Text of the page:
With partners and husbands, my strategy has always been to take on complete responsibility for cleaning and homemaking, thereby retaining at least some control of our shared space and what was in it. Husbands got a private room of their own, like an office, that I stayed out of. I took care of the rest.

Living with someone is give and take, we all know that. I don’t mind cleaning and I love making a home, so I’m accustomed to taking responsibility for most of the housework, especially those tasks I know any given roommate cares nothing about. I’ve even come to terms with my efforts largely being ignored or invisible. I’m clear that I’m working for myself. (Thank you, self!)

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On the other hand, housework is easily dealt with and doesn’t take much time if our home is uncluttered and organized. Every single object we have requires energy, space and time for care. As the clutter builds up, so do dirt, dust, time wasted looking for things, and the burden of housework. Home becomes one more stressor to deal with rather than a haven of rest and peace.

Visual noise, like everything else, occurs on a sliding scale. My current home is much less cluttered than it was when I moved in, and I’ve pushed a camel through the eye of a needle for every bit of that improvement (improvement as defined by me, of course!). I’m still not where I want to be with it, but I’m closer. Still, I periodically feel exhausted by the struggle and apathy looms as my patience and sense of connection to what’s important in life are ground away by my constant battle with stuff.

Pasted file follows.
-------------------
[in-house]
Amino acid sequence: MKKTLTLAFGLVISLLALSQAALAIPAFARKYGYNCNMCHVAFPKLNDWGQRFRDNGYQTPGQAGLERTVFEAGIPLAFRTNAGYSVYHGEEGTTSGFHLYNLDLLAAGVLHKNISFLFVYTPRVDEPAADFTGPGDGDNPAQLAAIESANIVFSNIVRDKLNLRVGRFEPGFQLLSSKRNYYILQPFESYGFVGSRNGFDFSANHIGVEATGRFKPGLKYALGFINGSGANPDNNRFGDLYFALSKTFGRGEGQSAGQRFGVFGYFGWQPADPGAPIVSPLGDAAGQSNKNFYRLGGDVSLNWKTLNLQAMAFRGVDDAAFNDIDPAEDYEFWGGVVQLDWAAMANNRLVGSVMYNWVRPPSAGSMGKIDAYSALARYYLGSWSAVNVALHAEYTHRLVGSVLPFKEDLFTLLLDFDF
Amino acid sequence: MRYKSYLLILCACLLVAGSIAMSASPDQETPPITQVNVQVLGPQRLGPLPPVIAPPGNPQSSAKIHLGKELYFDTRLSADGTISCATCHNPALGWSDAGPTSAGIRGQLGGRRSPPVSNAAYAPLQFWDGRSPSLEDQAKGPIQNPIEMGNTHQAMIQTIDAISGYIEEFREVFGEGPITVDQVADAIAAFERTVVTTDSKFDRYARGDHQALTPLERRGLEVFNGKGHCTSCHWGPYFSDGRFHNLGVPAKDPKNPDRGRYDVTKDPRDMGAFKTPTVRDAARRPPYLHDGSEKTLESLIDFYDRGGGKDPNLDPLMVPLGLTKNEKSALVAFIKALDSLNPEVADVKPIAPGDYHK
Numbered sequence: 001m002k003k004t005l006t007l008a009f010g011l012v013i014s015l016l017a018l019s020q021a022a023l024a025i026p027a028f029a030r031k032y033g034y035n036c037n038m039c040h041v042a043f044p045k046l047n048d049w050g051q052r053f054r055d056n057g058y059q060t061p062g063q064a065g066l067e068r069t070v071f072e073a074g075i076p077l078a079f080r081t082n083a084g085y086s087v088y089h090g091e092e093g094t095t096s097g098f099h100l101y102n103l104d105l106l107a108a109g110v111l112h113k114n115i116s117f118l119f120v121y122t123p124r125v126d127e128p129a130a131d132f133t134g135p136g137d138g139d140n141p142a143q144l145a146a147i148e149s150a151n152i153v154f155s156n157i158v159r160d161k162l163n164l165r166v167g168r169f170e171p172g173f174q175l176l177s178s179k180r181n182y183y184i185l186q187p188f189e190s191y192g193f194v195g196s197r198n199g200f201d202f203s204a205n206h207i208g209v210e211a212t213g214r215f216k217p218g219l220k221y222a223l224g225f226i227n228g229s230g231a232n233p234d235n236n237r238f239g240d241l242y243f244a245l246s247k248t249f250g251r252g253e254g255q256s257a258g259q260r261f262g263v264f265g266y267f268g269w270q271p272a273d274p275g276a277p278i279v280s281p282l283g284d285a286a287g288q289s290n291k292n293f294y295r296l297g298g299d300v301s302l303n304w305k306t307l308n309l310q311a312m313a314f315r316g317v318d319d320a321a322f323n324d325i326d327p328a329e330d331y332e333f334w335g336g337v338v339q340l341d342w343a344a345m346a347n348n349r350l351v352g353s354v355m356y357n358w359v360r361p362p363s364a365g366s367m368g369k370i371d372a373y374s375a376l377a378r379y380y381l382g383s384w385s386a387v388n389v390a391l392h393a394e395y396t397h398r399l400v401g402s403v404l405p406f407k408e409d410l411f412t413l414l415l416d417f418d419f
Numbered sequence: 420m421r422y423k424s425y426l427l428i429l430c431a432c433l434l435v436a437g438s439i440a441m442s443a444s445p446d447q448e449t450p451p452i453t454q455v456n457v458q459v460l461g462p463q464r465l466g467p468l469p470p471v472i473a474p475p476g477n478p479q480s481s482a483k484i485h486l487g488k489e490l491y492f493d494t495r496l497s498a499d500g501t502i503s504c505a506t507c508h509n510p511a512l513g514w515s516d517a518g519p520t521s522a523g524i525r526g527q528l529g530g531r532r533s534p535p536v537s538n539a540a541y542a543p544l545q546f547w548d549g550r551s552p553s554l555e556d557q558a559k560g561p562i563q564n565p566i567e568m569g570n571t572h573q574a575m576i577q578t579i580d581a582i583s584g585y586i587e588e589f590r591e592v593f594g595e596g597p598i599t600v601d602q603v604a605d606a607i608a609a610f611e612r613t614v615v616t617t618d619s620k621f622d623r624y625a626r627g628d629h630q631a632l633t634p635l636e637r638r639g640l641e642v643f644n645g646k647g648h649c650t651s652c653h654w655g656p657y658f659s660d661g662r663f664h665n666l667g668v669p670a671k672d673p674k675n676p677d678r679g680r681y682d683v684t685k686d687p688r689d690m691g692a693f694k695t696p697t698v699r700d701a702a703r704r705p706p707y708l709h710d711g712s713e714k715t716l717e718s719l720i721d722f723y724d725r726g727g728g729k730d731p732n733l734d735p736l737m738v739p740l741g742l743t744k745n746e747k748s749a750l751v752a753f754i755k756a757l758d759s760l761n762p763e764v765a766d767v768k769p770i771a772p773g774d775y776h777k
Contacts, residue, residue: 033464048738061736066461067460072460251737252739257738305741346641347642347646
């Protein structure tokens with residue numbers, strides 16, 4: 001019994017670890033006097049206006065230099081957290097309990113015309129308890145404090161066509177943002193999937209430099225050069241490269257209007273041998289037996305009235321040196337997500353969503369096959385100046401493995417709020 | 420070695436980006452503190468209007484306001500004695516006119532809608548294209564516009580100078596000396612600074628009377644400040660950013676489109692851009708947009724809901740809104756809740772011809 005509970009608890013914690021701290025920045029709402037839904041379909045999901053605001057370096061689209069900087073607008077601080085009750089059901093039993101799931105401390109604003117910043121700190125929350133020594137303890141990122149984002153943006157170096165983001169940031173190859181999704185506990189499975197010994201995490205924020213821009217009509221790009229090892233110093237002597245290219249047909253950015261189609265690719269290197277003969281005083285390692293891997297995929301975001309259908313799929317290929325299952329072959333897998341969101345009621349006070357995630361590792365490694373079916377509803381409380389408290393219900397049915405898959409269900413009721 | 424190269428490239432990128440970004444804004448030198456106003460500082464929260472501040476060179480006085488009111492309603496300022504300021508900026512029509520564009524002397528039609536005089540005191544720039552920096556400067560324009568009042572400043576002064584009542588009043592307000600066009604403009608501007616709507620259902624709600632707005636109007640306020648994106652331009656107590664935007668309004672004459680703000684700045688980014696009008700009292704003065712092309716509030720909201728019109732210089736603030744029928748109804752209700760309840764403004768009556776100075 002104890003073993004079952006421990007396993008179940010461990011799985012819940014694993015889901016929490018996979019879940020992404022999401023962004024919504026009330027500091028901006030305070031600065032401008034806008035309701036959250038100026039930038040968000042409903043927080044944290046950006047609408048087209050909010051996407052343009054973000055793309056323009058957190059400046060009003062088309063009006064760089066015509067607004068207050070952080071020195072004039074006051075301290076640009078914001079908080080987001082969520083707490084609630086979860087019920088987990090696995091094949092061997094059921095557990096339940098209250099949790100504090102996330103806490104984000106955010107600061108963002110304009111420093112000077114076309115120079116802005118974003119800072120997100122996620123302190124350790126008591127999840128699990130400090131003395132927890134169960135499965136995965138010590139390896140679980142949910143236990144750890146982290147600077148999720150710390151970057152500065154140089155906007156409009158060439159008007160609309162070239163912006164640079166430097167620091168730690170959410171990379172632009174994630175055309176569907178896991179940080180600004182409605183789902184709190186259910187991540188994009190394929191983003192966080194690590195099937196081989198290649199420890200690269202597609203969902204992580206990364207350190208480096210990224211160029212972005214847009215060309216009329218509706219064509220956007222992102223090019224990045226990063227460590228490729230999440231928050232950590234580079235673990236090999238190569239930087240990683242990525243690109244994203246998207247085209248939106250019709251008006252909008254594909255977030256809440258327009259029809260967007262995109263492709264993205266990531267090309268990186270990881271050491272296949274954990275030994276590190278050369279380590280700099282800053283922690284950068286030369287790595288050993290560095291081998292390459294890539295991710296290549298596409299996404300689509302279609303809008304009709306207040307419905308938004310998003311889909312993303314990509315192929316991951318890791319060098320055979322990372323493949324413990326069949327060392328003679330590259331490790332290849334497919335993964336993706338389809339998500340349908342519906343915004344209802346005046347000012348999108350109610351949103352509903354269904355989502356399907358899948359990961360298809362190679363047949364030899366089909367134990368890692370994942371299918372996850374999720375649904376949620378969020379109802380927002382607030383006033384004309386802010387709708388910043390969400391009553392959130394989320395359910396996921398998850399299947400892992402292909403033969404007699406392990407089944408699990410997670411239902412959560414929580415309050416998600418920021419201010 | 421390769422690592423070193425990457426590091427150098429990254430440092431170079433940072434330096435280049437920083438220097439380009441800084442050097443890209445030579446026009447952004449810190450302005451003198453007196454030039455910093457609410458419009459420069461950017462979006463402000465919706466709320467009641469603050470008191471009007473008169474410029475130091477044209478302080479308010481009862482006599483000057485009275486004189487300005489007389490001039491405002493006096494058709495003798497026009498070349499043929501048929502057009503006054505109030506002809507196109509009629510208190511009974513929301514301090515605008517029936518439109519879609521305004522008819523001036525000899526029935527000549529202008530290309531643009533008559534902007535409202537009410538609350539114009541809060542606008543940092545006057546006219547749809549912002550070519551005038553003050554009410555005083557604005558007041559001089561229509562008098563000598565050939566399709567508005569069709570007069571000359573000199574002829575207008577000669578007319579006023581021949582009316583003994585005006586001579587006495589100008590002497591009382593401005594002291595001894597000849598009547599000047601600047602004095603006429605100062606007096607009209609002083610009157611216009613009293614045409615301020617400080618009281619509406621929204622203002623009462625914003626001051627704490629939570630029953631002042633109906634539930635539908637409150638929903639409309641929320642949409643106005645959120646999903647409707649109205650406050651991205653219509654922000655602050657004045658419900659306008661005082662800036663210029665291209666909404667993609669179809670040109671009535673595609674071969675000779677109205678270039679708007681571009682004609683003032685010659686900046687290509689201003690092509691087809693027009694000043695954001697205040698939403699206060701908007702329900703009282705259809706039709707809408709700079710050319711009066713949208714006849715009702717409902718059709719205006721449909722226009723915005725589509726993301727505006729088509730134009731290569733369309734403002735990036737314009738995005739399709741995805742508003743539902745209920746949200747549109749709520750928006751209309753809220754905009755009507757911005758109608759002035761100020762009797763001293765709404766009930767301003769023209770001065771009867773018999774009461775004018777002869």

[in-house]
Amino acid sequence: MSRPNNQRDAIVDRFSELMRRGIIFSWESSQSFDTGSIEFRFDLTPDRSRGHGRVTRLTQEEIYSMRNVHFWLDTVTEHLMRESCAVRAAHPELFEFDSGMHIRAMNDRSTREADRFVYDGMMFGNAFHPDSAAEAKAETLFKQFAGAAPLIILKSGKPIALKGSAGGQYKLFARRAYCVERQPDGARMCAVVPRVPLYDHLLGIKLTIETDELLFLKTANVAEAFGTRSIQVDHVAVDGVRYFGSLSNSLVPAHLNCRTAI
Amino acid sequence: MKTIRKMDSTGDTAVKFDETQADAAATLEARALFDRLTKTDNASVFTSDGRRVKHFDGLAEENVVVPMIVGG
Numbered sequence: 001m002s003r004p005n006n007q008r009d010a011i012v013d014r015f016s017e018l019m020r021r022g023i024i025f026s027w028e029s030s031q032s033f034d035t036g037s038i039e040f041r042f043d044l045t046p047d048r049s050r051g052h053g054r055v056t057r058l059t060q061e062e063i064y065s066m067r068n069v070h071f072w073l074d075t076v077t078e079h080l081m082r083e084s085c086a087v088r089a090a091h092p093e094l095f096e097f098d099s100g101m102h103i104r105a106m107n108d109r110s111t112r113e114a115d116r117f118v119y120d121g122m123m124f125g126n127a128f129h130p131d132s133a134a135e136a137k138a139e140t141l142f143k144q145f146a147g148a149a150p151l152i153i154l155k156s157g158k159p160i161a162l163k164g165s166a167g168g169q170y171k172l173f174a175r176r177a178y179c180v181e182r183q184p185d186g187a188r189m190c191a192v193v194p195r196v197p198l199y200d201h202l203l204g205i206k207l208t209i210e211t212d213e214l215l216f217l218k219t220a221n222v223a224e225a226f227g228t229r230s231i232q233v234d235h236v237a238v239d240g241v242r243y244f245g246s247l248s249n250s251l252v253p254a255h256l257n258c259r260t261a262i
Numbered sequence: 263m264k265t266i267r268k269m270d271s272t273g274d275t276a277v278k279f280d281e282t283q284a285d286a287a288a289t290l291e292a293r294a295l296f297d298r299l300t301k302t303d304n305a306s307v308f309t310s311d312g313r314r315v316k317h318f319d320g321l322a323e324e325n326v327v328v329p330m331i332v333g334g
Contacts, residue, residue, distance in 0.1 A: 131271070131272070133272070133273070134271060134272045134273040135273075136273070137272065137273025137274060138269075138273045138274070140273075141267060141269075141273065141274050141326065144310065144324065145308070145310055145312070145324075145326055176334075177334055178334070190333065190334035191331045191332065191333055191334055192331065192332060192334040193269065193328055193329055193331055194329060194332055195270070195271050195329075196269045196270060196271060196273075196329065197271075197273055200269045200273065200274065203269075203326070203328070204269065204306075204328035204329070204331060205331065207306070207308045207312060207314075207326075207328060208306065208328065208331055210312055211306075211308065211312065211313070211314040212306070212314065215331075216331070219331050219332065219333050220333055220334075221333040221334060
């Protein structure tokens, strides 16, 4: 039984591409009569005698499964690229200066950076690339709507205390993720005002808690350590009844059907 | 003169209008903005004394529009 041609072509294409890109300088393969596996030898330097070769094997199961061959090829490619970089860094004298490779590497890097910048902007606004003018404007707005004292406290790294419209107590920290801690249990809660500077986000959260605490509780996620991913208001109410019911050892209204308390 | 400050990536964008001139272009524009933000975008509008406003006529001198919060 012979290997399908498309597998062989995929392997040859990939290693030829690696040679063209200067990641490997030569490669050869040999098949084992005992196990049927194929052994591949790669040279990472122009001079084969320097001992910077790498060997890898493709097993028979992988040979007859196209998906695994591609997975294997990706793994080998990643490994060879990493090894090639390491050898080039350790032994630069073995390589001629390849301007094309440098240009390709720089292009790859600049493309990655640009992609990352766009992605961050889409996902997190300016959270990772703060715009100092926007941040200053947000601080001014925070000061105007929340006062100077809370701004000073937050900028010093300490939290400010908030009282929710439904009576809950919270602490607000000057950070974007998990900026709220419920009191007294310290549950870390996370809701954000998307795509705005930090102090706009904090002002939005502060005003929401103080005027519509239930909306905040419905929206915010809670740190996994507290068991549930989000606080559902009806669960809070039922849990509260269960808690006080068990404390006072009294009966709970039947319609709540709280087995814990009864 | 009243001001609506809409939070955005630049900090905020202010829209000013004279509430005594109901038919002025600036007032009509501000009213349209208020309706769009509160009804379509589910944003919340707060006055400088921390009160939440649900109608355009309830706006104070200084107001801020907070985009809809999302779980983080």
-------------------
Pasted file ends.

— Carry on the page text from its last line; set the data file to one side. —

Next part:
It also means I’m chronically inhabiting a mindset I suspect many women are familiar with: Am I being ridiculous? Demanding? Controlling? Oversensitive? Unloving? Why can’t I just ignore the clutter? Why can’t I be different, or get over it? Why can’t I focus on the long list of what’s good and does work in my life?

It’s a miserable mindset, and the more I try to control myself and not feel what I feel the more resentful I get.

Ugh.

I’m well aware that not everyone struggles with this. On the other hand, I’m not making it up. Visual noise is A Thing for some people, and I’m one of them. I’d find life much easier if I wasn’t one of them, but there it is. Furthermore, we know that clutter causes stress and takes a mental toll, at least for some people.